Our new wine blogger Geordie Clarke, tells you all you need to know about wine.
Putting on a dinner parties can be a stressful experience, so the last thing you want to do is find out the wine you’ve chosen is a dud.
The good news is matching wine to food isn’t difficult once you know a few basic rules. And you don’t have to spend a lot either; impressive bottles can be found for £10 or less. The best way to do this is to understand which wines go with which kinds of foods and, above all, to be adventurous and try things you haven’t had before.
For dishes that tend to be salads, white meats, fish or shellfish, white wines tend to be the best matches. If the flavours in the food are subtle or more savoury, go for a wine that isn’t too acidity or sweet, such as a chenin blanc or a pinot blanc. For oysters and other shellfish or seafood, you could even do well with a Muscadet. The trick is that you don’t want the wine to overpower the food you’re eating.
For something spicy, you will want a wine with more backbone, so a riesling or sauvignon blanc might go best with hotter foods. And if the dish has some spice to it, an off-dry or slightly sweeter wine will stand up better than something that is particularly dry.
For red wines, the wine served should complement the style of the dish, so try to match heavy reds with heavy meals and lighter reds with dishes that have more subtle flavours or are lighter in their consistency. For example, a cabernet sauvignon or perhaps one of the bigger Italian wines will go nicely with a roast beef or steak.
If the dish is lighter and has more delicate flavours, or is something like a soup or stew, you could opt for a merlot or a cabernet franc. If you are serving roast turkey or chicken, or perhaps a tuna steak or even pasta, you might want a pinot noir or even something like a Beaujolais.
There are no hard and fast rules in the end, but what you want to do is make sure you aren’t serving a tannic cabernet sauvignon-based wine with something that has delicate flavours or a light and supple wine with a brooding T-bon steak, otherwise neither the wine nor the food will taste as it should.
And finally, when it comes to dessert, the basic rule is that the wine has to be sweeter than what you’re serving. For example, you can’t serve a dry red or white wine with a very sweet dessert. Two good examples of versatile dessert wines are Sauternes and Tokaji.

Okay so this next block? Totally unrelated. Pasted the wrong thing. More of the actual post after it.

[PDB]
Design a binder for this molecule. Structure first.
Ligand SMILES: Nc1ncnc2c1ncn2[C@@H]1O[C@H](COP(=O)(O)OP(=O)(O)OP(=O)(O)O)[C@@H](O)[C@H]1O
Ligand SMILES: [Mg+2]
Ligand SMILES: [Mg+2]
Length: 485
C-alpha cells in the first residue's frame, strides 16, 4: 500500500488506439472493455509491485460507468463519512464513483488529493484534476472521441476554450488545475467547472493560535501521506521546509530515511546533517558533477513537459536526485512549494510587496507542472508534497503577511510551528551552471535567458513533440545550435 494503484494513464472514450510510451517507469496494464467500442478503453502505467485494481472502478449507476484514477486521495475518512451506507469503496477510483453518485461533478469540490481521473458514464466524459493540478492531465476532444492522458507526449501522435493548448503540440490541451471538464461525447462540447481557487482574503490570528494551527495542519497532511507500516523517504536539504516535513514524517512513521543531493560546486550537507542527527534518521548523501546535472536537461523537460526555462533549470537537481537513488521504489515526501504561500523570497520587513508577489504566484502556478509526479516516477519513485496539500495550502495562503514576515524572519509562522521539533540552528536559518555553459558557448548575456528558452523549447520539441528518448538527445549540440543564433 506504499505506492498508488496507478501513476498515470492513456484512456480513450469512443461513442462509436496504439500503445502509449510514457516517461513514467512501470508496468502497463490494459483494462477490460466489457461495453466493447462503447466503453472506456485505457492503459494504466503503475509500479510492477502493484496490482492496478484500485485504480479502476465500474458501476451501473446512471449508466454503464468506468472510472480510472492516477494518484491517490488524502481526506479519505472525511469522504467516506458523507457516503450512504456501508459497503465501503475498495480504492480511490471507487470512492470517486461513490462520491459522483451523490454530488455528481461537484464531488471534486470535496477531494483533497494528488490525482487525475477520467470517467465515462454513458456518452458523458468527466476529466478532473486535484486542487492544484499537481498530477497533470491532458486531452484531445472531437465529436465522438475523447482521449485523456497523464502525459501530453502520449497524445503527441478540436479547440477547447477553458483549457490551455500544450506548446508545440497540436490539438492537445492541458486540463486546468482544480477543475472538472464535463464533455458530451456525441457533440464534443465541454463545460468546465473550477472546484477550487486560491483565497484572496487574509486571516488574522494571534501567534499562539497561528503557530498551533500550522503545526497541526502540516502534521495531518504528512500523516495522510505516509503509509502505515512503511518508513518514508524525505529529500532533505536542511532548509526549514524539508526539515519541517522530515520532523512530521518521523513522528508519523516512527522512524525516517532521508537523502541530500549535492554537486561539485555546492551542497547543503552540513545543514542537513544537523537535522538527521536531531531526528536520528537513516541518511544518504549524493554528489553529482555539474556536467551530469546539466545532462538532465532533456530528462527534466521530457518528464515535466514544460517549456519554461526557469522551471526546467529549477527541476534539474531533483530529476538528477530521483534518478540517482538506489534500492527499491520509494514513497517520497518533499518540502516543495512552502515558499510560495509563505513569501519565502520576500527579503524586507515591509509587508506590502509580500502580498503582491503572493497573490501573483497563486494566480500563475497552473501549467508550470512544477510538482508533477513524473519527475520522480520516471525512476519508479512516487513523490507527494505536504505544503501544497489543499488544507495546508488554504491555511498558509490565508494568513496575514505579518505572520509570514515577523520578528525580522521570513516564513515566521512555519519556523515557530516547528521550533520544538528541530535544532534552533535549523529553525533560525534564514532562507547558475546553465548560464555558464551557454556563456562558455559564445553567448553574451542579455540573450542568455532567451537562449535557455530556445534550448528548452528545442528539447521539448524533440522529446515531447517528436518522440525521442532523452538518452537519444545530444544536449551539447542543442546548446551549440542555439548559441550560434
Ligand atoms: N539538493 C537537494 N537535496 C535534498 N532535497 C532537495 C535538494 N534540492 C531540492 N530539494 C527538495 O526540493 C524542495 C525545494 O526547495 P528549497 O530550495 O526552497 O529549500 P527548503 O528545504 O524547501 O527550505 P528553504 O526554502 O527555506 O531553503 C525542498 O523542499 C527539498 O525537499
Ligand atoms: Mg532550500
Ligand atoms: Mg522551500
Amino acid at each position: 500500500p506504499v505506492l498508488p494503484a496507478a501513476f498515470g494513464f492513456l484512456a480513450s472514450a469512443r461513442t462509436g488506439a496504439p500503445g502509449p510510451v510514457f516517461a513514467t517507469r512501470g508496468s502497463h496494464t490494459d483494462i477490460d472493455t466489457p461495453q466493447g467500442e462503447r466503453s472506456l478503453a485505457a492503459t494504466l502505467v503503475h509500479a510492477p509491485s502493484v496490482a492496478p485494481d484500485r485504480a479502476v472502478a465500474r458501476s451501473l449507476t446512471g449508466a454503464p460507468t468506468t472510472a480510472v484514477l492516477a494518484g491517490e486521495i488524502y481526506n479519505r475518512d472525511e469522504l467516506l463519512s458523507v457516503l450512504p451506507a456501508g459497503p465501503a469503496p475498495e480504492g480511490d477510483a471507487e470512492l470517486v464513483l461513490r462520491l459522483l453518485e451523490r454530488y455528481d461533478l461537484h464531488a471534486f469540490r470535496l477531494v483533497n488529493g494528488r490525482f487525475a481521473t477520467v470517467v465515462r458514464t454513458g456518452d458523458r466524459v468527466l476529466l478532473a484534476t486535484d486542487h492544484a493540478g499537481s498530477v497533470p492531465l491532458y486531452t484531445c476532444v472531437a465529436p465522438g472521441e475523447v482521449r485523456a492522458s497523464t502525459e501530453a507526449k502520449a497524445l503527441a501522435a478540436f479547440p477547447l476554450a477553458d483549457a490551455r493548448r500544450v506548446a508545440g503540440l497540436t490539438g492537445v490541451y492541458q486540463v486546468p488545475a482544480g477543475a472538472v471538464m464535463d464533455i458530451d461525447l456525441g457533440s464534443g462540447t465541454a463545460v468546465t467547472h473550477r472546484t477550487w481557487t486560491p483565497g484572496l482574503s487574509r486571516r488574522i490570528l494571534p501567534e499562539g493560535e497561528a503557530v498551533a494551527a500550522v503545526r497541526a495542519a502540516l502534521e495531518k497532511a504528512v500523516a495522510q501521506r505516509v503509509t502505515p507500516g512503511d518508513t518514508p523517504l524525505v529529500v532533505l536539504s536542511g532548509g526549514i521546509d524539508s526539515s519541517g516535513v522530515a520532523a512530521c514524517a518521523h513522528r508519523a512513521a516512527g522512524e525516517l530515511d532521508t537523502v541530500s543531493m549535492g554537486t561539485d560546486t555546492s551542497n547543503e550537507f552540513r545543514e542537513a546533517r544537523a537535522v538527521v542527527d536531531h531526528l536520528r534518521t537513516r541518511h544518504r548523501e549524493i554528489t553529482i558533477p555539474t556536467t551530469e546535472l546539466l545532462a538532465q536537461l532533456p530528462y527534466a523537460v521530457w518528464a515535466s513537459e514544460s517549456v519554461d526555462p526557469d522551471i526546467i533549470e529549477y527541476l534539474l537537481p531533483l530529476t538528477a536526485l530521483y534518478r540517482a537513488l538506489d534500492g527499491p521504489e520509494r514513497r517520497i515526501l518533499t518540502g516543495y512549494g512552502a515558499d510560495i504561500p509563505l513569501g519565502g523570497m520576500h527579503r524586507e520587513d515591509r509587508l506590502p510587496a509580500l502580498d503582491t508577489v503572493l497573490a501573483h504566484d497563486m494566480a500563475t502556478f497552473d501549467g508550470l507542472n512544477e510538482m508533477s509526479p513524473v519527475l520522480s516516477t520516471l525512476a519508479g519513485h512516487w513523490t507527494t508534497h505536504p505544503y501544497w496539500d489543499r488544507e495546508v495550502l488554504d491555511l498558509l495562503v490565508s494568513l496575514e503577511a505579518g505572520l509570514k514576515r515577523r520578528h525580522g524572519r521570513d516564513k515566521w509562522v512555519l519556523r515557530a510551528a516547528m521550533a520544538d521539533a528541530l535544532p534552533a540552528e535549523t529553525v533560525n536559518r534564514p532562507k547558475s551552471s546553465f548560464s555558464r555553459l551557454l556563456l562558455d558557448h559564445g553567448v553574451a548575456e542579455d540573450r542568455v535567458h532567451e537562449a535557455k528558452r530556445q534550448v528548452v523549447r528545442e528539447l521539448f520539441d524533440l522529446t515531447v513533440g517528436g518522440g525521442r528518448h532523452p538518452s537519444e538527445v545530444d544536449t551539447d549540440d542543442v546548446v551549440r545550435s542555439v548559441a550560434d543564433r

Cave de Lugny Chardonnay 2010 Macon-Villages, Burgundy, France (£7.49 Waitrose)
Macon-Villages is a bargain. Classic buttery chardonnay but with crisp lemon notes, it pairs well with poultry and soft cheeses.
Triade Campania Bianco 2010, Italy (£8.99 Waitrose)
This is made from three grapes – greco, fiano and falanghina – and works well with fish and shellfish. With a creamy texture and an aroma of vanilla and peach, an excellent wine at a very low price.
Cave de Beblenheim Pinot Gris Reserve, France (£9.49 Waitrose)
Alsatian wines don’t get enough publicity. This example is off-dry, meaning it is a bit more sweet and floral, but this makes it excellent as an aperitif or a partner for spicy dishes, such as Asian stir fry. It also goes well with smoked hams or fish.
Springfield Estate Sauvignon Blanc, South Africa (£8.99 Sainsbury’s)
Sauvignon blanc is a go-to white wine for most people. In flavour this sits somewhere between the minerality of a French sauvignon from the Loire and the fruitiness of Marlborough. Perfect on its own as an aperitif or even with mussels or a rich seafood dish.
Vinchio Vaglio, I Tre Vescovi 2009 Barbera d’Asti Superiore, Piedmont, Italy (£8.99 Waitrose)
Barbera is a grape that makes for versatile wines with wonderful flavours and a strong backbone but is often ignored by the average consumer. With flavours of cherries, dried fruits and woods, this wine goes well with game, venison and meat dishes with deep flavours.
Les Nivieres Saumur 2010, France (£7.99 Waitrose)
Cabernet franc is a grape normally known for making up blends in Bordeaux varieties but in the Loire Valley it stands on its own. Fruity and balanced with some tannin, this makes for a fairly versatile dinner wine that can be matched with meats and cheeses.
Domaine de Marie Faugeres 2010, France (£7.99 Waitrose)
If you want a beautiful red from the south of France but don’t want to pay for Chateauneuf-de-Pape, this blend of Grenache, syrah and carignan will likely tick all the boxes. Full-bodied, rich and spicy gives you mulberry fruit and lots of earthy flavours that will go well with roasts and meat dishes.
Gran Tesoro Garnacha 2010, Spain (£4.07 Tesco)
If you want to go even cheaper than the Faugeres, this is an absolute bargain and yet still peppery and spicy like a good grenache-based wine ought to be. This has flavours of cherries and belies its sub-£5 price tag, going well with grilled meats and other robust dishes.